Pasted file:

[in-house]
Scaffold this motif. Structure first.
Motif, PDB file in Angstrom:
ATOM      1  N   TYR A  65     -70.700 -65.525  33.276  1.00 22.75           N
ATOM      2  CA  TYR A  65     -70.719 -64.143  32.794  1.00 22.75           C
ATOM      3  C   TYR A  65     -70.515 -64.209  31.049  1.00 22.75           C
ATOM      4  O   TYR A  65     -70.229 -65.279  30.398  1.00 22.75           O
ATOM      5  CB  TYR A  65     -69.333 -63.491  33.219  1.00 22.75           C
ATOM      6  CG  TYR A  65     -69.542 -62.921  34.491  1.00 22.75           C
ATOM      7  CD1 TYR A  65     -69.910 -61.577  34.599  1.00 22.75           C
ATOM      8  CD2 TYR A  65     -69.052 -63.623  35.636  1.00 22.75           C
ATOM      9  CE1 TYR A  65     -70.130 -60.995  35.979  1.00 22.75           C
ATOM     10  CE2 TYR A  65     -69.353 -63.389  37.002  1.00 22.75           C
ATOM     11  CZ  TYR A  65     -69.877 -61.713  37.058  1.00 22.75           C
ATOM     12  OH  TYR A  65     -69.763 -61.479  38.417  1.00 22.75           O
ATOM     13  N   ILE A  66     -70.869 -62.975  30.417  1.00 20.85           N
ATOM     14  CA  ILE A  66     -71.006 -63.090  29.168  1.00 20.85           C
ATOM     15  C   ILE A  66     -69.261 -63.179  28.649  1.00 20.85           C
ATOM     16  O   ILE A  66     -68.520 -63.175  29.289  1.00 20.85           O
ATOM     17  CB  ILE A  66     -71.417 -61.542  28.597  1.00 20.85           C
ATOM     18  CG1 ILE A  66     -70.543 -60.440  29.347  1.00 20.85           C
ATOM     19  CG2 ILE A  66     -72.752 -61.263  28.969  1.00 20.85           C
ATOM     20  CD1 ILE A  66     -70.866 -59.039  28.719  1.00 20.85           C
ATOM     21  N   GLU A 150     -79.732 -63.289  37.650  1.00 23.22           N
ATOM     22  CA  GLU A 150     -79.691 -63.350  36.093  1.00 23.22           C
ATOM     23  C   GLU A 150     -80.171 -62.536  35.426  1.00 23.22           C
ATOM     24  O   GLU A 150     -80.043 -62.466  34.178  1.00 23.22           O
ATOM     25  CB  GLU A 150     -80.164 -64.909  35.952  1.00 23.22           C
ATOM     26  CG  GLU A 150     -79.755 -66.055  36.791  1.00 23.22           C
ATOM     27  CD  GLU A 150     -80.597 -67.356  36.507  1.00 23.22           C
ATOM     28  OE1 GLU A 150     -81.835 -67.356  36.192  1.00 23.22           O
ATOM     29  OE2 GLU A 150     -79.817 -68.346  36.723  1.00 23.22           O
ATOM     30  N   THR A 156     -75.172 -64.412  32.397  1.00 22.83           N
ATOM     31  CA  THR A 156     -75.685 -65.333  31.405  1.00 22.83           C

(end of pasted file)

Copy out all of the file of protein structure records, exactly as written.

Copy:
[in-house]
Scaffold this motif. Structure first.
Motif, PDB file in Angstrom:
ATOM      1  N   TYR A  65     -70.700 -65.525  33.276  1.00 22.75           N
ATOM      2  CA  TYR A  65     -70.719 -64.143  32.794  1.00 22.75           C
ATOM      3  C   TYR A  65     -70.515 -64.209  31.049  1.00 22.75           C
ATOM      4  O   TYR A  65     -70.229 -65.279  30.398  1.00 22.75           O
ATOM      5  CB  TYR A  65     -69.333 -63.491  33.219  1.00 22.75           C
ATOM      6  CG  TYR A  65     -69.542 -62.921  34.491  1.00 22.75           C
ATOM      7  CD1 TYR A  65     -69.910 -61.577  34.599  1.00 22.75           C
ATOM      8  CD2 TYR A  65     -69.052 -63.623  35.636  1.00 22.75           C
ATOM      9  CE1 TYR A  65     -70.130 -60.995  35.979  1.00 22.75           C
ATOM     10  CE2 TYR A  65     -69.353 -63.389  37.002  1.00 22.75           C
ATOM     11  CZ  TYR A  65     -69.877 -61.713  37.058  1.00 22.75           C
ATOM     12  OH  TYR A  65     -69.763 -61.479  38.417  1.00 22.75           O
ATOM     13  N   ILE A  66     -70.869 -62.975  30.417  1.00 20.85           N
ATOM     14  CA  ILE A  66     -71.006 -63.090  29.168  1.00 20.85           C
ATOM     15  C   ILE A  66     -69.261 -63.179  28.649  1.00 20.85           C
ATOM     16  O   ILE A  66     -68.520 -63.175  29.289  1.00 20.85           O
ATOM     17  CB  ILE A  66     -71.417 -61.542  28.597  1.00 20.85           C
ATOM     18  CG1 ILE A  66     -70.543 -60.440  29.347  1.00 20.85           C
ATOM     19  CG2 ILE A  66     -72.752 -61.263  28.969  1.00 20.85           C
ATOM     20  CD1 ILE A  66     -70.866 -59.039  28.719  1.00 20.85           C
ATOM     21  N   GLU A 150     -79.732 -63.289  37.650  1.00 23.22           N
ATOM     22  CA  GLU A 150     -79.691 -63.350  36.093  1.00 23.22           C
ATOM     23  C   GLU A 150     -80.171 -62.536  35.426  1.00 23.22           C
ATOM     24  O   GLU A 150     -80.043 -62.466  34.178  1.00 23.22           O
ATOM     25  CB  GLU A 150     -80.164 -64.909  35.952  1.00 23.22           C
ATOM     26  CG  GLU A 150     -79.755 -66.055  36.791  1.00 23.22           C
ATOM     27  CD  GLU A 150     -80.597 -67.356  36.507  1.00 23.22           C
ATOM     28  OE1 GLU A 150     -81.835 -67.356  36.192  1.00 23.22           O
ATOM     29  OE2 GLU A 150     -79.817 -68.346  36.723  1.00 23.22           O
ATOM     30  N   THR A 156     -75.172 -64.412  32.397  1.00 22.83           N
ATOM     31  CA  THR A 156     -75.685 -65.333  31.405  1.00 22.83           C